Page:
Pilgrimage of remembrance
What are pilgrimages? Prior to WWI pilgrimages to battlefields rarely existed. In the years following WWI the idea of returning to a battlefield became more prevalent as there werenumerous reasons for veterans, war widows and families to return.
During WWI Canadian fallen were not returned home but rather buried where they fell or close to the site.
- The pilgrimage provided widows and families the opportunity to visit their lost loved ones and to pay their respects.
- For many it was the closing of a chapter of their lives, for most it was the beginning of Remembrance of lives lived, lives lost and the sacrifices that were made at home and abroad.
- For veterans, the return to a battlefield allowed them the opportunity to visit their fallen brothers in arms and comrades.
- Strong bonds were forged on the battlefield between comrades, bonds that were probably never possible in a peacetime environment at home.
A pilgrimage also permits veterans the opportunity to make sense of the carnage, destruction and mass confusion that war brings to a battlefield, but this time in silent reverence. All of these things marked generations of our forefathers and are still very much a part of their daily lives.
But what about us, the younger and non battle tested Canadians of today? Why do we conduct pilgrimages? To answer this question, let us take a brief look at the history of Legion pilgrimages.
In reality Legion pilgrimages started in 1928 when at a Dominion Convention a resolution was passed for the Legion to commence investigating and possibly organizing a pilgrimage to Vimy France for the unveiling of the Vimy Memorial scheduled for 1931 or 1932.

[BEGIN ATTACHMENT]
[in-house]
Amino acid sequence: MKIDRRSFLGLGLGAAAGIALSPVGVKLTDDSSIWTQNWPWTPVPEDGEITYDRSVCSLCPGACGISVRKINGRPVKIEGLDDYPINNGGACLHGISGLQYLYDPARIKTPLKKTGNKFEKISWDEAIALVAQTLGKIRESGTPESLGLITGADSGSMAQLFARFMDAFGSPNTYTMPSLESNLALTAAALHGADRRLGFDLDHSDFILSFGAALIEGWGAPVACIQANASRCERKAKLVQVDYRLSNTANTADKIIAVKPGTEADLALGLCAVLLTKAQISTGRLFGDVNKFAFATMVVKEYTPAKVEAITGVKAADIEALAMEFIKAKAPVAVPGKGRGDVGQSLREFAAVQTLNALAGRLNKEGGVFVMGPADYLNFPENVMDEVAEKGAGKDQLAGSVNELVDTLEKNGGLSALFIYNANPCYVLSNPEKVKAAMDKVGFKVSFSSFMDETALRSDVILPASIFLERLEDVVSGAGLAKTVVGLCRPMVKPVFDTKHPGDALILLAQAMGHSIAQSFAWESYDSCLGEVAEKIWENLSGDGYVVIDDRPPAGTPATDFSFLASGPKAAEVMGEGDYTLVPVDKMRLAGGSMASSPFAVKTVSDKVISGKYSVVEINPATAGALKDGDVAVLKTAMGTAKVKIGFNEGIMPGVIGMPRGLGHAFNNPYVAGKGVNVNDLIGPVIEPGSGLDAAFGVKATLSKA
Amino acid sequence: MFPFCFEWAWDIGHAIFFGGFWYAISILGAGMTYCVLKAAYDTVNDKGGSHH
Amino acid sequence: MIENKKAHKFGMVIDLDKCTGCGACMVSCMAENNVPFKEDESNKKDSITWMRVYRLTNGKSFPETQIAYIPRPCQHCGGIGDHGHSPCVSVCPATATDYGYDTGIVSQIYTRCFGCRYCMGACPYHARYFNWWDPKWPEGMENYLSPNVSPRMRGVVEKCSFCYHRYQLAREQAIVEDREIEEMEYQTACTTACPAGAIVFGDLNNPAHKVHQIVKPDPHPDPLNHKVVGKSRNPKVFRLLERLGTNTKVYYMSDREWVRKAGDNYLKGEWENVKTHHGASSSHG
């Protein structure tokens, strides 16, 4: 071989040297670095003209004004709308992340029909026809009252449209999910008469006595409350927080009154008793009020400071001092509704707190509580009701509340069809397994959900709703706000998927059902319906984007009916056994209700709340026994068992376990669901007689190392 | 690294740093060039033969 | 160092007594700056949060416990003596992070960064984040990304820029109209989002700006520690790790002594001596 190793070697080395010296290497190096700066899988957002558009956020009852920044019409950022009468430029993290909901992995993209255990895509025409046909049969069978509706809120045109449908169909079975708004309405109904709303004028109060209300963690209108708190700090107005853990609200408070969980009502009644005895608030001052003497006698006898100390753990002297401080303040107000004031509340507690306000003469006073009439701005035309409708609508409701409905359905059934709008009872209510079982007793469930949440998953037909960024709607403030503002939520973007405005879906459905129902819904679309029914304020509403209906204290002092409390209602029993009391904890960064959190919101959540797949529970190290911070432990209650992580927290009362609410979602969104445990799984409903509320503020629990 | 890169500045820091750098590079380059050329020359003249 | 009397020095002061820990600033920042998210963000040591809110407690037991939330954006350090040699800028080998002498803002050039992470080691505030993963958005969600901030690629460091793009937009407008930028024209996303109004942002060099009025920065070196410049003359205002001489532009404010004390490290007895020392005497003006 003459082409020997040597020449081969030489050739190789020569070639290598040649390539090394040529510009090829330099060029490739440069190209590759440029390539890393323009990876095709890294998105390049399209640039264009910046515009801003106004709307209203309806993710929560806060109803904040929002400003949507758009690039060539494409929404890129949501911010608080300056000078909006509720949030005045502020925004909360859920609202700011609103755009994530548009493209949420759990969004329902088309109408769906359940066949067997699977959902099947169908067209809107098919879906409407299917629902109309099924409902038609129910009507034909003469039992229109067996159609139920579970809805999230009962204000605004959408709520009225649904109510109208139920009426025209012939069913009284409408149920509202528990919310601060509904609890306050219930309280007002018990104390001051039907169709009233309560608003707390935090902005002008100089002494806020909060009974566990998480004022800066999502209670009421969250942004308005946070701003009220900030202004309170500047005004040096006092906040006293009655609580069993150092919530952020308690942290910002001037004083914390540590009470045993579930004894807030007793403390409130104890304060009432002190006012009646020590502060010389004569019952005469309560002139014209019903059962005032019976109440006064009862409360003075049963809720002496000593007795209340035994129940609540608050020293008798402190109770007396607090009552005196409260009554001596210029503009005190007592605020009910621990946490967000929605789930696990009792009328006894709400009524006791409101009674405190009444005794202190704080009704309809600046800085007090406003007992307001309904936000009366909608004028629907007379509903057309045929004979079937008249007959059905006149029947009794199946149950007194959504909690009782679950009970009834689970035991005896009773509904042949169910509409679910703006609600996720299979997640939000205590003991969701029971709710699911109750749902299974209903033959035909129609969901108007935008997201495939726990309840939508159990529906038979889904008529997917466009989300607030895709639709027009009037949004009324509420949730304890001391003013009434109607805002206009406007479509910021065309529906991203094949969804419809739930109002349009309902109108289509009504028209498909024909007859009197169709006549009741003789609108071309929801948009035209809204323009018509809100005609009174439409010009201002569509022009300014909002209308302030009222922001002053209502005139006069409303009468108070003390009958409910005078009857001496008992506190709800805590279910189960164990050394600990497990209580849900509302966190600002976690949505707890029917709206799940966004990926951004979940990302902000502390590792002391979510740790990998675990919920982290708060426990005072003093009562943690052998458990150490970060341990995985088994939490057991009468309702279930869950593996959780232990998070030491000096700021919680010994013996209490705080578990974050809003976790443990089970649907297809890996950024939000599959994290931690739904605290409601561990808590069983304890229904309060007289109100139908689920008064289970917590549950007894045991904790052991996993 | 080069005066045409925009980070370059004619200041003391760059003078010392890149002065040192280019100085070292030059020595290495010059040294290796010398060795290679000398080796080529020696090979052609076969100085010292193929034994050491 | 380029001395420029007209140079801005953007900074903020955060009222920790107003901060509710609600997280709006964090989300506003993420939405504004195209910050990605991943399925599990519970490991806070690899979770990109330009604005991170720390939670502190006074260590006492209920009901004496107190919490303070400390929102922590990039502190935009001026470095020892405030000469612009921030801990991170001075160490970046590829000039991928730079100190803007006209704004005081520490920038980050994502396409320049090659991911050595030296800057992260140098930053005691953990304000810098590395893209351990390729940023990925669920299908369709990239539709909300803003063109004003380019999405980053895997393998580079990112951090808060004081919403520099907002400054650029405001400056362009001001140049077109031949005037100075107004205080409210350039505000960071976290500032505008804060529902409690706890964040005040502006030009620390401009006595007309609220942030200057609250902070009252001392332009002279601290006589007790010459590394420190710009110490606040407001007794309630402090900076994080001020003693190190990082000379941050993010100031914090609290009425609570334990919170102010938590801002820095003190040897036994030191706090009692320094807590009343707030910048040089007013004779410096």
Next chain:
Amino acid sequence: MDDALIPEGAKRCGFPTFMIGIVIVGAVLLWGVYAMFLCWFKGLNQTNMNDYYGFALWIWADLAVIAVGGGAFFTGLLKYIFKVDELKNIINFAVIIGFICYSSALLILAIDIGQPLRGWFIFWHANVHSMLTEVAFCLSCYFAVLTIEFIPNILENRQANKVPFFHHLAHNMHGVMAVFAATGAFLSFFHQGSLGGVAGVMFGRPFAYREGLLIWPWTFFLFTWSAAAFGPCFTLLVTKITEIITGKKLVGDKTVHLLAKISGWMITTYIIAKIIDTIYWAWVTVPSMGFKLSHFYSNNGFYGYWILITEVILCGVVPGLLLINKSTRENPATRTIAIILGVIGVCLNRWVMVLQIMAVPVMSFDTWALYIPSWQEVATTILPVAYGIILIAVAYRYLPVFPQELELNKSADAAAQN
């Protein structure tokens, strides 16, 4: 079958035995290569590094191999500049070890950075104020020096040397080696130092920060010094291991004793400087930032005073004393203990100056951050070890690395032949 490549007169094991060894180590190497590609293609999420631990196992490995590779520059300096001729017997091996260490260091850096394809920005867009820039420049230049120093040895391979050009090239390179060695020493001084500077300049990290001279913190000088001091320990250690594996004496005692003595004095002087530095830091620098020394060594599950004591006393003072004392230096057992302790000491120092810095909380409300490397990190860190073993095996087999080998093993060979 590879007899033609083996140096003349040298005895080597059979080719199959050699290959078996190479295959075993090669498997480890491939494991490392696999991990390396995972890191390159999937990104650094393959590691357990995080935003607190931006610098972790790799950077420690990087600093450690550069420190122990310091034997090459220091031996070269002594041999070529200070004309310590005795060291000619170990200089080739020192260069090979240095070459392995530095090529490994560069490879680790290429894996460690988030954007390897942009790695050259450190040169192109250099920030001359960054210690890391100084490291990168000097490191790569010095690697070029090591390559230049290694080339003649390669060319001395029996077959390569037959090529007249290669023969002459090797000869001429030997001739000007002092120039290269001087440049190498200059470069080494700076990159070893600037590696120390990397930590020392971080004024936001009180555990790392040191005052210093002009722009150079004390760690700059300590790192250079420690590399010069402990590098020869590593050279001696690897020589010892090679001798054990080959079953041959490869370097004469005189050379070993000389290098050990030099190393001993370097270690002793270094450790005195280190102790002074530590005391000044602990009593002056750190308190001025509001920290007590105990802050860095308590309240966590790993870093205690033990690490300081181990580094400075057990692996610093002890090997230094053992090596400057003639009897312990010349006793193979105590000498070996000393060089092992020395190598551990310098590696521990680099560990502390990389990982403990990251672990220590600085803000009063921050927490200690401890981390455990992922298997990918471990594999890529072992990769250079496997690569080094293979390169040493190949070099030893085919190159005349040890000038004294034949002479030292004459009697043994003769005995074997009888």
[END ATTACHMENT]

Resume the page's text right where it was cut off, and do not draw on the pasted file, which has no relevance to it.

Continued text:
Even through the initial stages of the Great Depression of the 30s the difficult and demanding task of organizing such a venture continued. In total, 6,200 veterans and members of their families made the voyage to Vimy on five ships from Canada. A further 1,500 Canadians who were living in the United Kingdom also made the trip.
The total cost per person for a return trip to Montreal was $160.00 (Ocean fare, $119.60; land tour, $36; and equipment, i.e., beret, armband, guide book and badge for $4.40). On 26 July 1936 there were an estimated 100,000 Canadians, British and French at the memorial site to commemorate the unveiling of the monument.
In the interwar period and during WWII there was no pilgrimage activity. However, in 1962 with the assistance of the Netherlands War Graves Committee the Legion organized a pilgrimage to Holland for 79 persons. Total cost per person was $200 of which $50 was paid by the Netherlands War Graves Committee. This was the first of 17 such trips conducted in the following 10 years and more than 2,000 Canadians made the voyage and were hosted by Dutch families.
In 1986, a proposal was put forward to send 10 younger Legionnaires, representing each command, to Vimy for the 50th anniversary of the unveiling of the Vimy Memorial. This program was intended to spread the concept of remembrance to generations that were untouched by war.
After a three-year gap, the program resurfaced in 1989 as the Legion's Pilgrimage of Remembrance. This program continued as a yearly event up until 1997 when due to costs, it was decided that the program would be conducted every second year. Initially the pilgrimage started out with a veteran tour guide who was able to relate events to specific areas along the voyage. However, over the years, that has changed due to the advanced years of the veterans.
Today=s pilgrimage now encompasses some of the most important, as well as some of the least known events of both WWI and II and is conducted over a 15 day period. Pilgrims will experience and be guided through the trenches of WWI and the beaches of Normandy. They will also be able to experience the emotions of the veterans and of those that they liberated. As well, the pilgrimage will conduct ceremonies of Remembrance at the cemeteries where young Canadians have found their final resting place.
All this leads back to one of the original questions: Why do we conduct the Pilgrimage of Remembrance?
As leaders in your community, you play an important role in working with youth and other groups and associations; you play an important role in the development of youth and in continuing the spirit of Remembrance. In keeping with the spirit of the program developed in 1986, you have been selected by your command to go to the battlefields where many Canadians have paid the supreme sacrifice, to learn and to perpetuate Remembrance to those Canadians who may not be as fortunate as you to have the opportunity to visit these areas themselves.